In the Deep South, Oseola McCarty spent her working years as a washerwoman. To say she earned a meager income washing and ironing clothes for the local residents would be an understatement.
But Ms. McCarty amassed enough wealth to donate $150,000 to the University of Southern Mississippi, establishing a scholarship fund for deserving students.
Earl Crawley works as a parking-lot attendant. He makes but $20,000 a year. Yet he’s created a stock portfolio worth more than half a million dollars.
Both McCarty and Crawley are proof positive that even those of us with low-paying jobs are capable of creating extraordinary wealth. The fundamental rules of wealth are universal””pay yourself first, save, and invest.
If they could build wealth on such meager salaries, then most of us can as well, even in today’s economy. But where does a family find the money?
Cut the waste
We’re literally surrounded by wasteful spending. Most of it goes unnoticed. The average family of four, for instance, throws out nearly $1,350 worth of food each year.
Discarded purchases and unused memberships lay waste to the best wealth-building plans. Small amounts here and there add up. An unused gym membership at $65 per month creates a $780 year end money pit. The extra $45 for premium cable channels that are rarely watched saps $540 from your pocket annually.
What’s the difference between those that struggle financially and the financially secure? The financial superstars track their spending so they can eliminate the money drains in their lives.
Determine what truly makes you happy
Madison Ave tells us we can have everything we desire. And they’re right, if we’re willing to deal with mountains of debt that come along with it.
As with anything in life, it’s all about balance. As kids we were told we couldn’t have everything we wanted, but as adults we act as if the rules have changed.
Now, I’m not advocating living like Ebenezer Scrooge. I simply believe you should prioritize your spending. Indulge in what you makes you and your family happiest and slash with a vengeance those expenses that bring your family less satisfaction.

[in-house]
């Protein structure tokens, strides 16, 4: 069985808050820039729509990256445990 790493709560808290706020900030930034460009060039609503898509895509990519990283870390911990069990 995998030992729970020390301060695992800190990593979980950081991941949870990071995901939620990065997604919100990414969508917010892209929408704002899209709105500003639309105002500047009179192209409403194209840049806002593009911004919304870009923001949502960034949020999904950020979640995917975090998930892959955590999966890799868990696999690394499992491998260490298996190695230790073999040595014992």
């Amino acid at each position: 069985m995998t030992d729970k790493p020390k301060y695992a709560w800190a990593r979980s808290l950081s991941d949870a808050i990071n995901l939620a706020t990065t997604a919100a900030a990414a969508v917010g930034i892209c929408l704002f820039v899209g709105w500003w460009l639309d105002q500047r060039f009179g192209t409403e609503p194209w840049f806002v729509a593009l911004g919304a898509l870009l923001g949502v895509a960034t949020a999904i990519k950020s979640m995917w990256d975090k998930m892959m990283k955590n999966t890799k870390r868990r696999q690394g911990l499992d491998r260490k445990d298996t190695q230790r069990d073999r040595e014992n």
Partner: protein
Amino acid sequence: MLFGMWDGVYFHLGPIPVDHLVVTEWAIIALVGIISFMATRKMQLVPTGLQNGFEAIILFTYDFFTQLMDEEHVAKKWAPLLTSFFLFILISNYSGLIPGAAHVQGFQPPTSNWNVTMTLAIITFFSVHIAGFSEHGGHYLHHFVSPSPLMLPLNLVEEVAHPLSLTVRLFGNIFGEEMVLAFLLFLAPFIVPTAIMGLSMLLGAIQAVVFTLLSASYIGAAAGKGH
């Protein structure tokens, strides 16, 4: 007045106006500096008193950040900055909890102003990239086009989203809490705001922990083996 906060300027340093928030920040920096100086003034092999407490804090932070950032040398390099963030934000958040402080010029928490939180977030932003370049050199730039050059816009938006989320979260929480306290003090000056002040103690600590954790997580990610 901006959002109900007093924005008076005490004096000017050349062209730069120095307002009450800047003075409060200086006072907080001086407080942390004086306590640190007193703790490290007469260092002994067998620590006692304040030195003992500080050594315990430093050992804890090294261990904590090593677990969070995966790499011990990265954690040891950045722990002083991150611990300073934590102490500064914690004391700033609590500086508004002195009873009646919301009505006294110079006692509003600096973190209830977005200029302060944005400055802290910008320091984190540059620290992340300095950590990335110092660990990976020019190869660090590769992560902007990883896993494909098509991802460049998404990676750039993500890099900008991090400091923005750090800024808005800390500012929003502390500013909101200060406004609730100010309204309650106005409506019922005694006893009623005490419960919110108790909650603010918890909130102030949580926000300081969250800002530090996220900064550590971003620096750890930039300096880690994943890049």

If family vacations bring the greatest amount of pleasure to your family, then by all means enjoy. But consider cutting back on the new automobiles or the latest fashions.
Like kids in a candy store, sound money management requires us to make choices and prioritize. Is dining out more important than the latest electronics? Is private school for the kids more important than a large house?
Spend money on your priorities; ignore the shiny distractions.
Watch out for the great loan wealth drain
Consider this for a second. Most of us have one type of loan or another during the majority of our lives, whether it be a car loan, student loan, personal loan, or mortgage.
The difference of just a few percentage points can mean hundreds or thousands of dollars over the life of a car loan. The same difference in a mortgage can translate into tens of thousands of dollars wasted over the life of the loan.
A 3.75% mortgage on a $200,000 home over 30 years will cost $926.23 a month. With a 5.75% mortgage, however, you’re looking at a monthly payment nearly $240 higher.
Paying higher interest rates than we should represents one of life’s biggest money pits and greatest obstacles to building wealth.
So what can we do to make sure less of our money goes into the pockets of our banks and more is used to build wealth?
Shop for your loan as carefully as you shop for your car or home. This includes knowing your credit score so that you won’t be forced to pay more for a loan than your credit score warrants, something that frequently happens to minorities.
Wells Fargo was recently fined a record $85 million for pushing credit worthy borrowers into more expensive subprime housing loans.
Automobile loans are even worse. Dealers routinely inflate the interest rates on poor and minority borrowers. They also pack loans with useless or artificially inflated add-ons like credit insurance. Your best bet, shop around and obtain your auto loan from a bank or your credit union before even setting foot in a dealership.
We’re blessed to live in a country where even those living on meager incomes can build wealth. The question we have to ask ourselves, are we doing all we can to make wealth building a reality?
BMWK, what are some of the ways you’ve cut costs or increased your savings in order to build your family’s wealth?